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Commercially-sold bottled water ‘not safe’

Published : 25 Sep 2019 10:28 PM | Updated : 03 Sep 2020 10:43 PM

Most of the commercially-sold bottled water is not as safe as drinkers feel because  around 65-70% of bottled water is ‘contaminated,’ experts indicate. According to reports, a total of 287 factories, including multinational water companies, are authorized to produce plastic bottles, jars and other containers used for selling and supplying drinking water across the country. Over 3,000 factories are producing plastic bottles and containers which are being used for supplying ‘unsafe’ water.

Experts say that drinking from such bottles is extremely harmful to health. These bottles are made of polyethylene terephthalate. Mixing the ingredients in this bottle at high temperatures makes them poisonous.

Usually, these bottles should be used only once. If repeatedly used, they can lead to diseases like obesity, diabetes, and even the terrible cancer.

Researchers say that stainless steel or aluminum bottles are relatively safe. However, it is not good to use it for too long.

Health and water specialists are seriously concerned about the existing state. At the same time, they also denoted that monitoring and yearly study is a crying need to address this problem.

Water Specialist and lecturer at the Bangladesh University of Engineering and Technology (BUET) Aminul Islam expressed serious trepidation in this regard.

He said, “in Dhaka, most of the bottled water available is indeed not safe. But who will address this? For-profit, immoral businessmen collect contaminated water from sewage lines and after filling without purification, they them hand over to the consumers.”

“Proper monitoring of and guidance for this bottled water sellers is needed. Otherwise, it will not be changed, he added.

When asked about a solution Aminul Islam said, “We need to work on our water infrastructure that takes into account salinity intrusion, arsenic and fecal sludge contamination. What works in the capital city can then be replicated in other urban areas.”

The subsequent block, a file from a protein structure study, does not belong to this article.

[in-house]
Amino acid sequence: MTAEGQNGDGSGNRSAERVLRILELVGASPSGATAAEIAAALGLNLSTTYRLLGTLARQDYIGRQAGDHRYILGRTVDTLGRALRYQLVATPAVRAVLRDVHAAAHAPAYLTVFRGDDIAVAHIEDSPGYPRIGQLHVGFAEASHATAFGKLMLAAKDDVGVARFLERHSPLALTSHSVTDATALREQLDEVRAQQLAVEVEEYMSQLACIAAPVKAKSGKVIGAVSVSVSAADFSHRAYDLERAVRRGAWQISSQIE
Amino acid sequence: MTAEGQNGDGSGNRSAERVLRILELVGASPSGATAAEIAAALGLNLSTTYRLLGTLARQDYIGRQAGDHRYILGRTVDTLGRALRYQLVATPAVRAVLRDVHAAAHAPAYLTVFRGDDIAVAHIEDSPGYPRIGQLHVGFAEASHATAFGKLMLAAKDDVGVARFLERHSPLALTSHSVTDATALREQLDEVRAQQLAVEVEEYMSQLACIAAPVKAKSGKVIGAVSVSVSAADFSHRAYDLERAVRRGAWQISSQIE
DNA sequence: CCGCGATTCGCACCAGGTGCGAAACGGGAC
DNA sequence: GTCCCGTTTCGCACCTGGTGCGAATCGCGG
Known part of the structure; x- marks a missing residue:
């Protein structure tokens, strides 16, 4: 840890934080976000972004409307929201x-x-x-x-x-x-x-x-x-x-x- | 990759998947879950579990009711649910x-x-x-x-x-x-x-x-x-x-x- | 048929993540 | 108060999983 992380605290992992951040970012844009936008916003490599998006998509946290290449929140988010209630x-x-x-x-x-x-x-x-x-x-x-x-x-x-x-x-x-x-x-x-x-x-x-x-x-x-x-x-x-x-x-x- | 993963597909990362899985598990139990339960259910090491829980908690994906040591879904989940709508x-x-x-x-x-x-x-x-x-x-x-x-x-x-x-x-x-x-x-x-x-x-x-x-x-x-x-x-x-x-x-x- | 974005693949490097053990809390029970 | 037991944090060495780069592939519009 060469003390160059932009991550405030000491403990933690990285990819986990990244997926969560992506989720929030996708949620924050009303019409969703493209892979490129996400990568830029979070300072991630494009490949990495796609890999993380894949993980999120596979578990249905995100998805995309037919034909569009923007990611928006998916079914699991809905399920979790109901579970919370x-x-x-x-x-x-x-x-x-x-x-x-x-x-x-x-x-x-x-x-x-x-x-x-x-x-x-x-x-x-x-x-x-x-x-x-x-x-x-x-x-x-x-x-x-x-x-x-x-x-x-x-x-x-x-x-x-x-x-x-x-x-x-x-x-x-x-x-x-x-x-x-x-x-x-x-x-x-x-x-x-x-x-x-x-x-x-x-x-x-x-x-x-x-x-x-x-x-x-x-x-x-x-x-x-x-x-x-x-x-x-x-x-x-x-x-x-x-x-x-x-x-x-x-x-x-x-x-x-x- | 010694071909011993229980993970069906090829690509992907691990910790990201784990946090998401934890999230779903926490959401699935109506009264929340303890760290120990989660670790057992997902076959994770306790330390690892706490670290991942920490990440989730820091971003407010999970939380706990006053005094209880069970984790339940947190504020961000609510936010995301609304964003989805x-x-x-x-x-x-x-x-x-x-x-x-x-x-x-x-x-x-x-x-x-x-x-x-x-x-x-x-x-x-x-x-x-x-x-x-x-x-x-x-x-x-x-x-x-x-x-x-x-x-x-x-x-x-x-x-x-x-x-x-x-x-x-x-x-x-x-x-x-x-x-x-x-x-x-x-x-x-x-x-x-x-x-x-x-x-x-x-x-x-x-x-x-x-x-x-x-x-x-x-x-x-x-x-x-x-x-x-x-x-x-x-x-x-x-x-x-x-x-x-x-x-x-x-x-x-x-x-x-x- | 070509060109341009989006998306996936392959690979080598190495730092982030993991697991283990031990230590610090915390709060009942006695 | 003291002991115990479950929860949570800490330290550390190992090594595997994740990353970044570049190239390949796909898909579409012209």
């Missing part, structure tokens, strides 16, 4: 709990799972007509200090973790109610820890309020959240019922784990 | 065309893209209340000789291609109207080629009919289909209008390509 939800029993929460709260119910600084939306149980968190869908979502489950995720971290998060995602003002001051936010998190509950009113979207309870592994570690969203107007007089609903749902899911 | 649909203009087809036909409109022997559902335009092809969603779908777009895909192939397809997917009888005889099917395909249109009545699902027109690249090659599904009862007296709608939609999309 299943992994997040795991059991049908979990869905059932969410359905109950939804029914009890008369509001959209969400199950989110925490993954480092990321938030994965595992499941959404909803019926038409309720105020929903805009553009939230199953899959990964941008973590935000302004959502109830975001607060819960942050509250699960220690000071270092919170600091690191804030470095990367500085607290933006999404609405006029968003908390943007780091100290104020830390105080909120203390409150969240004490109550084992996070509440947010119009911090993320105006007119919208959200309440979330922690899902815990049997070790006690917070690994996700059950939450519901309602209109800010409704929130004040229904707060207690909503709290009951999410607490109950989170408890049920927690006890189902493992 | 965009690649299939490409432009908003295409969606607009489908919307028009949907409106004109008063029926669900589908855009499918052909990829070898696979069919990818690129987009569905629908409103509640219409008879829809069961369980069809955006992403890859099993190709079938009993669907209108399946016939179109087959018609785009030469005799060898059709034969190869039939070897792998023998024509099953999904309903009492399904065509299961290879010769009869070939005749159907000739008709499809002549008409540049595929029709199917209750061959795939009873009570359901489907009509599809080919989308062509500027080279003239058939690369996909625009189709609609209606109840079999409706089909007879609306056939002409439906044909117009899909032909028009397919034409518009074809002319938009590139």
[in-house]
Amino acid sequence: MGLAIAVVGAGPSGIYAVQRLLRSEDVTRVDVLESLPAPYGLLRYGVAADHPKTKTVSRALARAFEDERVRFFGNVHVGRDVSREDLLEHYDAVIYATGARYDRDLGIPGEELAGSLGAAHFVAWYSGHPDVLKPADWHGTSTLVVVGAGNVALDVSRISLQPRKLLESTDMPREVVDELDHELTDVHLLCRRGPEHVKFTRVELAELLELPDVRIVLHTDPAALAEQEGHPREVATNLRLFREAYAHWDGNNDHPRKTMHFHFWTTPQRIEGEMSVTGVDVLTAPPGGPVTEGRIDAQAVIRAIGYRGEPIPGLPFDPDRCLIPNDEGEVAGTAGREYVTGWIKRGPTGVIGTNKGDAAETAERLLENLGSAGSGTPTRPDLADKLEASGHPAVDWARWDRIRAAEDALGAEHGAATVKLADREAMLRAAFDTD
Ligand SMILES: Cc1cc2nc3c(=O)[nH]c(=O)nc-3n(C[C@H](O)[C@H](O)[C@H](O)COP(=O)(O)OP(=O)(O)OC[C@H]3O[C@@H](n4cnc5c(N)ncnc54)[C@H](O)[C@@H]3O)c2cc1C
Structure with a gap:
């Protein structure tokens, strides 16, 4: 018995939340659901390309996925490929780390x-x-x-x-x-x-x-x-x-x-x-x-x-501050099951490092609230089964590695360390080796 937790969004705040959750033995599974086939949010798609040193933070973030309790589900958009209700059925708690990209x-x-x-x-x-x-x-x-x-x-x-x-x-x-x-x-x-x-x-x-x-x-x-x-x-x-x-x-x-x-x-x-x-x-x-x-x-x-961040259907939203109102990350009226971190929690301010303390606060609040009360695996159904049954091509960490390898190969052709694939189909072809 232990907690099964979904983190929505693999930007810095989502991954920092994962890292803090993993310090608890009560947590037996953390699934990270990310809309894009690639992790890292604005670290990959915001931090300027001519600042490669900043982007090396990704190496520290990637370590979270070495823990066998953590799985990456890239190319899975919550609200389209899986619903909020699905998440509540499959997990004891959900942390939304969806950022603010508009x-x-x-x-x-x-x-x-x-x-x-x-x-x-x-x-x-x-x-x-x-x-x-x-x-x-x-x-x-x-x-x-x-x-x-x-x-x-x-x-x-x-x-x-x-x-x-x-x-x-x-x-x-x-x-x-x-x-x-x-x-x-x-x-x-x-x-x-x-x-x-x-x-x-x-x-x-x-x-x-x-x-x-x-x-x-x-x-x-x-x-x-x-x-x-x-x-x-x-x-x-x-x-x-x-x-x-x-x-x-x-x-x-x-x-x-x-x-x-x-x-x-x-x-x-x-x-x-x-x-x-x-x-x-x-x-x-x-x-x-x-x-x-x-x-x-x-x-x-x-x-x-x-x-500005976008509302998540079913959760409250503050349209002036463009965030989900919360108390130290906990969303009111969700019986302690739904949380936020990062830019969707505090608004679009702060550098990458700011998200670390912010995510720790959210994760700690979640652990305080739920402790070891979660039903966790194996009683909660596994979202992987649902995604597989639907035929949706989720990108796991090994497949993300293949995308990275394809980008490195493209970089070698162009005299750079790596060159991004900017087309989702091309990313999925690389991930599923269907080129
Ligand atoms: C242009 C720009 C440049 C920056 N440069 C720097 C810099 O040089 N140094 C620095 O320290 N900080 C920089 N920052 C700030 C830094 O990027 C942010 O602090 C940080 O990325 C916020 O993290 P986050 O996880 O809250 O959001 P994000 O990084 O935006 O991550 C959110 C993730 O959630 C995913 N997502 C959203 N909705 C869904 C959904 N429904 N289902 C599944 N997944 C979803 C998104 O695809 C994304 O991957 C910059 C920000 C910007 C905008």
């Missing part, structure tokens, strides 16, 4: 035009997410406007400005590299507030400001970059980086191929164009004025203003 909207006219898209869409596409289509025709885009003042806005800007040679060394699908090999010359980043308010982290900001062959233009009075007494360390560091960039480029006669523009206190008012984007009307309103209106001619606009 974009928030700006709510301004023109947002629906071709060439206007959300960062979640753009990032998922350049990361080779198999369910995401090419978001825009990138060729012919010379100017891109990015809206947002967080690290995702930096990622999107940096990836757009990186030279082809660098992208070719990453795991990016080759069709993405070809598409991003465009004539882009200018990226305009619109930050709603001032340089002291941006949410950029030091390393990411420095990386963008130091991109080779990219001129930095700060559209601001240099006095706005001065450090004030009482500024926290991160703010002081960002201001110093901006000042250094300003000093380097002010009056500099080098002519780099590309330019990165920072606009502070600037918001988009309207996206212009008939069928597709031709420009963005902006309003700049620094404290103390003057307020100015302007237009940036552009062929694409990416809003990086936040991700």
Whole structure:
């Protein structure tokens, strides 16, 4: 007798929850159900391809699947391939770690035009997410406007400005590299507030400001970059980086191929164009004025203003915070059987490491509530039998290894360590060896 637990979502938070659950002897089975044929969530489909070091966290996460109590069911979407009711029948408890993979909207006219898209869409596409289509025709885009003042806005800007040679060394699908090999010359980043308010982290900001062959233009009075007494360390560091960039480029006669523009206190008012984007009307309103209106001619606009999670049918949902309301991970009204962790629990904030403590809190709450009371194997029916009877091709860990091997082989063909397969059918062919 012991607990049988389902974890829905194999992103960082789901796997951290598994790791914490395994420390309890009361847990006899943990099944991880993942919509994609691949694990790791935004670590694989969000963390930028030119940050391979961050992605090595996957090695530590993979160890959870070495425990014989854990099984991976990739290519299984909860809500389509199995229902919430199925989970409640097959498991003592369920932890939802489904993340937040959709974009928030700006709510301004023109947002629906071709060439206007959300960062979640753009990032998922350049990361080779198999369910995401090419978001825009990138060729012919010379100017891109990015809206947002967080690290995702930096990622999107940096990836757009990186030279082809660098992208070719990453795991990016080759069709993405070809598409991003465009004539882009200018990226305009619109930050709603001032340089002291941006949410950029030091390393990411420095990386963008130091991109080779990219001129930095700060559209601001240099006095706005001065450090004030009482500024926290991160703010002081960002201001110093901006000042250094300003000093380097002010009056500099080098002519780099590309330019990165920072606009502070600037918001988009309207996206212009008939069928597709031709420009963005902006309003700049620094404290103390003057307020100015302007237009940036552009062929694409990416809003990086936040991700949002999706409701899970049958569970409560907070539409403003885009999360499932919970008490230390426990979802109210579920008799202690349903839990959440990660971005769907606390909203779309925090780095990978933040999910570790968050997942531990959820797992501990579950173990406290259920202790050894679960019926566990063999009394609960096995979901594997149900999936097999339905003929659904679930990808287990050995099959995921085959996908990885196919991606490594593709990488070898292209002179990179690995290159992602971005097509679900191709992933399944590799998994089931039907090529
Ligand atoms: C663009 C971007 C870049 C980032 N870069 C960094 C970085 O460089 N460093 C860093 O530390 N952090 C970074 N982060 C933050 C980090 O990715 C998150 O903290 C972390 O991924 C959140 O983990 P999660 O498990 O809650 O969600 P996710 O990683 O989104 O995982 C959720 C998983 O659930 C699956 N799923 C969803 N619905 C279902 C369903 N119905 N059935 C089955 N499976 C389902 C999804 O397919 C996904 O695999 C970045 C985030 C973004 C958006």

Physician and professor of Medicine at Dhaka Medical College Hospital (DMCH) Motaleb Ahmed said, “water-borne disease patients are increasing day by day. We often suggest that our patients remain conscious while drinking water,”

Referring to a recent newspaper report, Dr Motaleb mentioned that E. coli contamination was found present in 80 percent of household tap-water across the country.

Bottled water is more dangerous than supposed to be. Demands for bottled water increases in summer, personally I suggest not to buy bottled water from market or hawkers. When you leave the house or office, fill a bottle with boiled water and drink it when you need, he added.

He recommended that we need to enforce our environmental laws that heavily penalize errant industries which continue to pollute our rivers and deprive us of natural water supply. Studies estimate that only about one to two percent of all fecal sludge is safely managed in urban cities, but there is no data about rural areas. According to researcher Marilyn Glenville, plastic bottles contain ingredients that are known to cause hormone dysfunction and breast cancer. In addition, plastic bottles can be used to draw disease-causing bacteria.